Books

Why I love The Family Meal

Why I love The Family Meal

We don’t see much innovation in cookbooks nowadays but The Family Meal: Home Cooking with Ferran Adria is as you’d expect from one of the world’s most innovative chefs. What most people don’t realise is that most book publishers don’t test their recipes properly. Yes, the chefs and celebrities that write them actually cook the dishes sometimes even in their home kitchens. But a recipe tester using crappy basic cookers and bog standard equipment aren’t used. It keeps the price […]

Inside Modernist cuisine

Inside Modernist cuisine

Check out on Youtube how the cutaways were made. Finally, $484.60 9including postage) and after a three month wait Modernist Cuisine has arrived. I’ve bought it so you don’t have to but also to add to my collection of books by Peter Barham, Herve This and Harold McGee that examine the science of cooking, as I mentioned in May. Out of all of them McGee’s On Food and Cooking: The Science and Lore of the Kitchen (which you can buy […]

Modernist Cuisine and how to buy cookbooks

Modernist Cuisine and how to buy cookbooks

There are plenty of reasons to buy Modernist Cuisine: The Art and Science of Cooking. The trouble is that all Australian retailers rip us off so I would, when it becomes available, buy it online If you are unfamiliar with the book, it is the brainchild of former Microsoft chief technology officer Nathan Myhrvold who holed himself up in a 1670 sq m warehouse with assorted chefs, geeks, scientists, cheffy geeks and food journalists to create the definitive six volume […]

Stuff white people like: the very special food and beverage edition

Stuff white people like: the very special food and beverage edition

Admit it, these apply to you too. The other week Christian Lander the author of the blog and now best selling bookStuff White People Like was in town. Basically Stuff White People Like is a bit like Top Trumps for White People. I’ll trump you some Murray River Salt and an Ortiz anchovy over your iodised salt and a pilchard. The same goes for my imported Arneis ($75) over yours from the King Valley ($20). Bearing in mind the readership […]

A chocolate biscuit or Mr Darcy: Which would you prefer?

A chocolate biscuit or Mr Darcy: Which would you prefer?

“This was not to say that Laurence knew how to bake, though he grew swiftly defensive in response to my expression of surprise at his inability. Biscuits are nowadays a branch of psychology, not cooking, he advised sternly. Laurence had forumulated his biscuit by gathering some interviewees in a hotel in Slough and, over a week, questioning them about their lives, in an attempt to tease out of them certain emotional longings that could subsequently be elaborated into the organising […]

Tell me your most useful and useless kitchen gadgets

Tell me your most useful and useless kitchen gadgets

Spot the crap stuff (and pic) in my status symbol kitchen.What kind of swamp do I inhabit? No, I don’t live in Elwood which is now merely stinking canals and is vulnerable to subsidence.I’m talking about the stinking, sticky slimy loathsome depths of depravity that my mind has sunk to meaning that I can’t even take a simple email on face value.My curt reply to his enquiries on the local food blogging scene no doubt left Michael Ruhlman, an opinionated […]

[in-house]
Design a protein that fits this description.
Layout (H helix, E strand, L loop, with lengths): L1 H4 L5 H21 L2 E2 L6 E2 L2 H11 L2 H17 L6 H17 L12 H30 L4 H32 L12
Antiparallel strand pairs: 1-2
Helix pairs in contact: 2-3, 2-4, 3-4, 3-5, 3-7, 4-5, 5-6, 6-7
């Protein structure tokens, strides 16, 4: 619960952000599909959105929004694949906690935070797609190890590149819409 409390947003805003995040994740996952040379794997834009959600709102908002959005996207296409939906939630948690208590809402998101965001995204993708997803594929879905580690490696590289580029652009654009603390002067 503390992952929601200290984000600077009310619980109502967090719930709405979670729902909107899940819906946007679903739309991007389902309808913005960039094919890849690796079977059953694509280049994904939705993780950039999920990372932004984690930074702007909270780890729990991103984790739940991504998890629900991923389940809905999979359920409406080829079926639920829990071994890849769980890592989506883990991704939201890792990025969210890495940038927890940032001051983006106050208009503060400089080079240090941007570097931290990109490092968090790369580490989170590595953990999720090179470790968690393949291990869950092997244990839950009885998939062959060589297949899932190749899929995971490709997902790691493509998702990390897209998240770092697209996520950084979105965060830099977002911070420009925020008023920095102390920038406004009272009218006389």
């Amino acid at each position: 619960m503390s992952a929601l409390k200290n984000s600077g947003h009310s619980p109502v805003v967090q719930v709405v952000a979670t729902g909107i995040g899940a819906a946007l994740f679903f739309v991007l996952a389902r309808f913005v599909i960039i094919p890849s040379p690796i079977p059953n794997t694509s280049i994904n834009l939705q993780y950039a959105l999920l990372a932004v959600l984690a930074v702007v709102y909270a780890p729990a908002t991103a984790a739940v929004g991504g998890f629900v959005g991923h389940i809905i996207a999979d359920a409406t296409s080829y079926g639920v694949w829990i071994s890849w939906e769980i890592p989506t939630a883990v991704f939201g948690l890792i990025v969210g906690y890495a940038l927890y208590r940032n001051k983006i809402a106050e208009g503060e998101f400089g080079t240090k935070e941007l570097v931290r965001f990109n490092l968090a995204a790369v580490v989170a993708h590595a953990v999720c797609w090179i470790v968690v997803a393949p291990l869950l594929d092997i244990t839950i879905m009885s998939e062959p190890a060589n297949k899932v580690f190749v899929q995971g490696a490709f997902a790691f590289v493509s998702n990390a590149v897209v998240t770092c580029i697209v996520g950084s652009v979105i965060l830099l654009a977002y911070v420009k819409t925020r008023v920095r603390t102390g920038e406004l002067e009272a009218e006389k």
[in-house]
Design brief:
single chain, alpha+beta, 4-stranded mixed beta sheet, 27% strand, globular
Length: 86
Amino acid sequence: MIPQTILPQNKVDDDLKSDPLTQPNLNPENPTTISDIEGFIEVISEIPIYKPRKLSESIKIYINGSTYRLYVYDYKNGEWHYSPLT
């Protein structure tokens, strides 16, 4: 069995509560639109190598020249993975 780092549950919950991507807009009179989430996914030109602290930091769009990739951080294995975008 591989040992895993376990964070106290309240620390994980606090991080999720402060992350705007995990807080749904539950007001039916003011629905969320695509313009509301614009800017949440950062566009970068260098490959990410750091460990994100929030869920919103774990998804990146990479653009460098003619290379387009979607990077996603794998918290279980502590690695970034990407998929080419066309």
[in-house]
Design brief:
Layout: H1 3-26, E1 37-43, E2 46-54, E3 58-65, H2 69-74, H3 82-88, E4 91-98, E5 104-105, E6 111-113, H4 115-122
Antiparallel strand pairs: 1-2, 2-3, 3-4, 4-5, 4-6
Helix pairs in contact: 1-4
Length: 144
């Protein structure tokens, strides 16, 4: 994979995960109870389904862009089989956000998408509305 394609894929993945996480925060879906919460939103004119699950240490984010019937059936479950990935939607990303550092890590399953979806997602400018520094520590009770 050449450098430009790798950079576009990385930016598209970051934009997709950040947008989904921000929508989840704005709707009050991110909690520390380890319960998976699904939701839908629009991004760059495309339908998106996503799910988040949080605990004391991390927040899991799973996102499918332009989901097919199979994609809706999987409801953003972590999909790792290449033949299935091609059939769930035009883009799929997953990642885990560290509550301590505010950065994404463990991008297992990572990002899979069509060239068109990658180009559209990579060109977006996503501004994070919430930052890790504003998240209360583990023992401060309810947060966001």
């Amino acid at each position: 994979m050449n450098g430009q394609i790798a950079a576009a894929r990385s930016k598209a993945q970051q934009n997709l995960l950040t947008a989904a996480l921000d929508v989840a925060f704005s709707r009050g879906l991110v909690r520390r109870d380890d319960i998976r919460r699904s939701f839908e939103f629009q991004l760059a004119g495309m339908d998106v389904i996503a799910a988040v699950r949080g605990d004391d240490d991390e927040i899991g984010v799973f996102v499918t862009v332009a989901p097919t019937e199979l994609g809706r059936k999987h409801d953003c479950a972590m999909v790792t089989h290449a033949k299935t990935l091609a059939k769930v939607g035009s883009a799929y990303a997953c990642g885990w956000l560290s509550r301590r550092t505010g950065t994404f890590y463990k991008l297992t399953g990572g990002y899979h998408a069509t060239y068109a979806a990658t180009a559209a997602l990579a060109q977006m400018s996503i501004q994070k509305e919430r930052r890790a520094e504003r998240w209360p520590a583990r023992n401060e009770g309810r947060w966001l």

Service included – Four-Star secrets of an eavesdropping waiter

Service included – Four-Star secrets of an eavesdropping waiter

Inevitiable any inside story on the restaurant business in new York will draw comparisons.Phoebe Damrosch doesn’t serve up the hard drugs and bad sex that Anthony Bourdain dragged us though. But the food is much, much better in Service Included: Four-Star Secrets of an Eavesdropping Waiter. It gives an insiders account of the opening of Per Se, a restaurant run by one of the world’s top chefs Thomas Keller of French laundry fame (who was rumoured to be opening at […]

Steel chicken and other recipes

I’m about to embark on the next of my molecular gastronomy experiments with Heston Blumenthal’s roast chicken which will take several days to prepare. But first a survey of other chefs’ approaching to roasting chicken. It is perhaps apprpriate to kick-off with this one which I found in The Futurist Cookbook, first published in 1932. I particularly like Elizabeth David’s opinion on the slim volume as a “publication of preposterous new dishes”. by futurist Aeropainer Diugheroff: “Roast a chicken emptied […]

The future of food and fascism

The future of food and fascism

The future of cooking: In the kitchen at Interlude  A couple of weeks ago I spent the afternoon in the kitchen of Robin Wickens and his chefs at Interlude. He was developing a new lamb dish which involved spraying coffee in the air while eating it (you may recall later that night I sucked on the glass straw). This weekend my account of that afternoon and subsequent meal was published in The Australian. Local chef George Biron points me towards […]

My molecular recipe challenges

My molecular recipe challenges

Well look what landed in my in tray this week – Molecular Gastronomy: Exploring the Science of Flavor (Arts and Traditions of the Table: Perspectives on Culinary History) and Heston Blumenthal: In Search of Perfection: Reinventing Kitchen Classics. Having recently spent an afternoon in the kitchen with Robin Wickens, a local chef of a similar ilk, I’ve become quite interested in the whole idea of molecular gastronomy. I’ve decided to try a few experiments of my own – the first […]